At first glance, Shakespeare may appear to take on a moralizing or didactic tone throughout Antony and Cleopatra. Antony shares many characteristics with other tragic male figures in literature meant to embody the risks of overindulgence: he, like so many other men in his position, is drawn away from calls of duty and honor by a woman, who encourages his hedonism. Often, when this misogynistic narrative choice is made, the writer goes to great lengths to condemn the overindulgence of both parties involved, leveraging a moralizing tone in an attempt to teach the reader something. In these types of narratives, the woman is often presented as the primary perpetrator or tempter, while the man becomes her tragic victim: take, for example, the story of Adam and Eve's expulsion from the Garden of Eden in Genesis. Eve is the first one to give in to temptation; she then tempts Adam into sin and drags him along with her.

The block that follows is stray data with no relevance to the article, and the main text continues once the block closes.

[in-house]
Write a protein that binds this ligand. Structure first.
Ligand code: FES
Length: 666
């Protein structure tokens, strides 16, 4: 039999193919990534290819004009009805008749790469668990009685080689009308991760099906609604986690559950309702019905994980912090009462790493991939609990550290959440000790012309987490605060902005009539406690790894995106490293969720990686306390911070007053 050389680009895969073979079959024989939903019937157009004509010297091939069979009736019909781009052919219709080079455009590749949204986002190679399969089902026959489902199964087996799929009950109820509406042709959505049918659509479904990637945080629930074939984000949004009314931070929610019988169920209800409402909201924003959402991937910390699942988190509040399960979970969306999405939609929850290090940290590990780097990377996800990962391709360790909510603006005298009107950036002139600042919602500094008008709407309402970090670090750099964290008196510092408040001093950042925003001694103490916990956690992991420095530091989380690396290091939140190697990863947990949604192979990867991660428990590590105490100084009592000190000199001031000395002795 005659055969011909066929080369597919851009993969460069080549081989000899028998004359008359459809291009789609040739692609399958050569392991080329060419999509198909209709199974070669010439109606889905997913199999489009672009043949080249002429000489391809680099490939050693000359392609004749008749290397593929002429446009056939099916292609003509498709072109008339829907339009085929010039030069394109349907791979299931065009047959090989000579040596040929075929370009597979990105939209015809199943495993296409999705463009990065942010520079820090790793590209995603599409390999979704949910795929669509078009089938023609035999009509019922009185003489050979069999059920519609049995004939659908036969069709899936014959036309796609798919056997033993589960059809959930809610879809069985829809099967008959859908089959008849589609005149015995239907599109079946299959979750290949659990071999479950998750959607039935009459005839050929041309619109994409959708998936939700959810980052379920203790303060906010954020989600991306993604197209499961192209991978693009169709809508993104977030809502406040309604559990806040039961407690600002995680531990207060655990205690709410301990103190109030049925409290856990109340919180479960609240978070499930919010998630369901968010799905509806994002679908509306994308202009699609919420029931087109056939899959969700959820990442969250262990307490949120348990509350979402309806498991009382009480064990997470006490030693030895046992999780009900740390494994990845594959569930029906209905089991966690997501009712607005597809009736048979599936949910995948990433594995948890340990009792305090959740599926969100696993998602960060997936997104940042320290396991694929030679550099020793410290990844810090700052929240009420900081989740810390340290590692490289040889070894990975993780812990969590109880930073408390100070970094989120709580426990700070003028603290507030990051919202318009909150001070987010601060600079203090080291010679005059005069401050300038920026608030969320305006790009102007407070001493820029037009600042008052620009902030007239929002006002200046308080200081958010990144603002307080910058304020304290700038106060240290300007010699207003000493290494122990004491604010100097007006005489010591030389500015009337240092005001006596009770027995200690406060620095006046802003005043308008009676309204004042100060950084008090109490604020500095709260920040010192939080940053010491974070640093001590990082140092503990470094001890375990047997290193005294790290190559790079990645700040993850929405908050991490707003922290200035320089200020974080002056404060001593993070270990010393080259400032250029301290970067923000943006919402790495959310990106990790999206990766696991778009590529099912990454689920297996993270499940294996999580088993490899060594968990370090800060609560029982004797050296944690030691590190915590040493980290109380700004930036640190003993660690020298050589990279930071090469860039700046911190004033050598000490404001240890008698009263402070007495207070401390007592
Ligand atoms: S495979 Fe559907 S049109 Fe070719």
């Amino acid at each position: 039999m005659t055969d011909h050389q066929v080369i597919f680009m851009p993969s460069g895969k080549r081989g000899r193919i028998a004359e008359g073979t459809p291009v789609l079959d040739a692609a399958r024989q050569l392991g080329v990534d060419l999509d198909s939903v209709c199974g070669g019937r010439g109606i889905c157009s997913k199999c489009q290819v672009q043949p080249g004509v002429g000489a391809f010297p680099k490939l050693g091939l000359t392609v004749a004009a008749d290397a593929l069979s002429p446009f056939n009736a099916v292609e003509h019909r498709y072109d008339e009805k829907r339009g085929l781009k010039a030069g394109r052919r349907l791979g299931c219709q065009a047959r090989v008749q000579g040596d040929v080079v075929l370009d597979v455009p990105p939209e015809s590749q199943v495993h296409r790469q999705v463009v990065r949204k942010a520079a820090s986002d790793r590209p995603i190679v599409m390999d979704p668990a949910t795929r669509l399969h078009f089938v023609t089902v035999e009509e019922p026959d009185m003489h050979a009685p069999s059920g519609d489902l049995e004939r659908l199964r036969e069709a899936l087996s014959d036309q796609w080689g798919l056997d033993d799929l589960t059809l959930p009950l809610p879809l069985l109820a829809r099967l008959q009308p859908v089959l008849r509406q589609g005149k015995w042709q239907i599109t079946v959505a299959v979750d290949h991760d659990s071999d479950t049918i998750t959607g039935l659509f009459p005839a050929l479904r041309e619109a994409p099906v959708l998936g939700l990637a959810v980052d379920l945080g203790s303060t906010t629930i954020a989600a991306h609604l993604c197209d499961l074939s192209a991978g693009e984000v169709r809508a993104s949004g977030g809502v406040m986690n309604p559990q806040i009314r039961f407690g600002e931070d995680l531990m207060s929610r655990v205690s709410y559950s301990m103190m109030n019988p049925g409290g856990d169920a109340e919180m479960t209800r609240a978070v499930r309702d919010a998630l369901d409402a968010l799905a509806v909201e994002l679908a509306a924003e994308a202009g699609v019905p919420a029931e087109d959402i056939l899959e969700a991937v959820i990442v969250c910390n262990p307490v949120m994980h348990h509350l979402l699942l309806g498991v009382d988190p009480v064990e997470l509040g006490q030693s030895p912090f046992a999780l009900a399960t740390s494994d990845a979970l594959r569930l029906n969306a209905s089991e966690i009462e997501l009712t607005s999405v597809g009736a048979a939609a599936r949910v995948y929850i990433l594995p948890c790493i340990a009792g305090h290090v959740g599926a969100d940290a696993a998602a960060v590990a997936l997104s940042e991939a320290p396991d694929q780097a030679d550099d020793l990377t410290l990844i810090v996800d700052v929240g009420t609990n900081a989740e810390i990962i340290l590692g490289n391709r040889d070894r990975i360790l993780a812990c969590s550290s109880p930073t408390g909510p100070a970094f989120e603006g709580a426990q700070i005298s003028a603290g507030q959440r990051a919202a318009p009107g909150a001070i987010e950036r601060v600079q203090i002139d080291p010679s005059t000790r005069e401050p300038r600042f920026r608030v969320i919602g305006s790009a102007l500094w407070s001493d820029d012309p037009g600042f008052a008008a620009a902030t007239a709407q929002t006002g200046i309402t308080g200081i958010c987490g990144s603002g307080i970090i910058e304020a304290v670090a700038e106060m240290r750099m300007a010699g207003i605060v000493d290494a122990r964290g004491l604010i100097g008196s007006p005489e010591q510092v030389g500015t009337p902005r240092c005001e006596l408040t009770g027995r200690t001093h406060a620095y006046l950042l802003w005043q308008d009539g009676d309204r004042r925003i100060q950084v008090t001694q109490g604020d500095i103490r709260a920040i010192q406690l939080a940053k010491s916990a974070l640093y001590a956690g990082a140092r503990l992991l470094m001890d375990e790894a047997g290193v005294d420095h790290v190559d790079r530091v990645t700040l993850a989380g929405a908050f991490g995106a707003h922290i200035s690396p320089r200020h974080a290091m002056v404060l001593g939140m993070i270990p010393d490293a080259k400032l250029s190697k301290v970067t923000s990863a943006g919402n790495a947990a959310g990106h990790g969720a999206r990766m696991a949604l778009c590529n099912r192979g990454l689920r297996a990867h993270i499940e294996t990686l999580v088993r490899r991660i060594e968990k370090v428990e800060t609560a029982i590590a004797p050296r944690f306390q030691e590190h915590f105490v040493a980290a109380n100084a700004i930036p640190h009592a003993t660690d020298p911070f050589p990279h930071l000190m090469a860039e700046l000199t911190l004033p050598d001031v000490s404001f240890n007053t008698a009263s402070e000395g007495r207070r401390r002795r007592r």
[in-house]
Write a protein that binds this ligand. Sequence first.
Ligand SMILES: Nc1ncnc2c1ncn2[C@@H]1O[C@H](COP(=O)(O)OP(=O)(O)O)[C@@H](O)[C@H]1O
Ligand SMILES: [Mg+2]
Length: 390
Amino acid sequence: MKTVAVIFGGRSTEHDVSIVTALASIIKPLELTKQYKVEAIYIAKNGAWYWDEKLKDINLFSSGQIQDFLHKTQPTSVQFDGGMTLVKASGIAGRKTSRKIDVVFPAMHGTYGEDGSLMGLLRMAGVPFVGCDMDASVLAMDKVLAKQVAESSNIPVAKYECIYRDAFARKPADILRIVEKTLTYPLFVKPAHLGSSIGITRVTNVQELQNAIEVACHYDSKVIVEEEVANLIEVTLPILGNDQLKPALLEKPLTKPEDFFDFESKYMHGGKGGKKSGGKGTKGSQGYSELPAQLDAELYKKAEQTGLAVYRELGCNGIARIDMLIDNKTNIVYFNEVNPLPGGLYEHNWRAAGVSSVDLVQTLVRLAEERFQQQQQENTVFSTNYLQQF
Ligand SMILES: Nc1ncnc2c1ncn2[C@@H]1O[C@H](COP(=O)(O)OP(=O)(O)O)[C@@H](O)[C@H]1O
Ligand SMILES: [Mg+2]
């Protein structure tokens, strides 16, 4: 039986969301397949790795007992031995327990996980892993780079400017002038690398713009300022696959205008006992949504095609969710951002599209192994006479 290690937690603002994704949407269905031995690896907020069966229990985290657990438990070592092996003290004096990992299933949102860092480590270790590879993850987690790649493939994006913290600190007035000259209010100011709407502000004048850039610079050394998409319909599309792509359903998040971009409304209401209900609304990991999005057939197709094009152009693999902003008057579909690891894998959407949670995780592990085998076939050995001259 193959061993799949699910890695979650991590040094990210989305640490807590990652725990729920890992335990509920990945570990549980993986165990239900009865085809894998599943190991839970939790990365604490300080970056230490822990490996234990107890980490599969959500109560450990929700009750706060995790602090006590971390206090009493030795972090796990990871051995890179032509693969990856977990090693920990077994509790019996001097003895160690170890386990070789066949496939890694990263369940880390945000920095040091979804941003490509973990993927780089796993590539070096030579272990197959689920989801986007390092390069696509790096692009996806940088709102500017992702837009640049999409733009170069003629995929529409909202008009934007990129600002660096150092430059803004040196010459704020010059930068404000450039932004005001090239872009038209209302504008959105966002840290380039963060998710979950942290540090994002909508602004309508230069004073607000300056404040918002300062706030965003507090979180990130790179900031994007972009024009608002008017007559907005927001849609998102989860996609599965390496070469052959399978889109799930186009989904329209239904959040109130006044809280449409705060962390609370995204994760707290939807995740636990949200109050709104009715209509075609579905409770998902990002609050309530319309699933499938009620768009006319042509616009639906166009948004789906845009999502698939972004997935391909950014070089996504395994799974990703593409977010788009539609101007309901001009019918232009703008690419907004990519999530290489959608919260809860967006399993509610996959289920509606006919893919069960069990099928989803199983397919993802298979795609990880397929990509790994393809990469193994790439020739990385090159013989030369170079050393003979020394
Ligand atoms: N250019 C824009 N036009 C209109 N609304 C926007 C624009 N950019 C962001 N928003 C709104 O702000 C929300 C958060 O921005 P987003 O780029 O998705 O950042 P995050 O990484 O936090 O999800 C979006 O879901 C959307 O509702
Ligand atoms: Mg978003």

Tonally, it would have been easy for Shakespeare to fall into this particular brand of tragic narrative; and indeed, if Cleopatra was a more one-dimensional character, this interpretation might hold. Instead, she is a complex and interesting person who is prone to extremes of emotion that go against a more Roman stoicism but do not take away from the audience's ability to sympathize with her. Shakespeare does not seem to favor stoicism and virtue (virtus) as morally superior, projecting a more temperate, generous tone towards his varied and complex characters.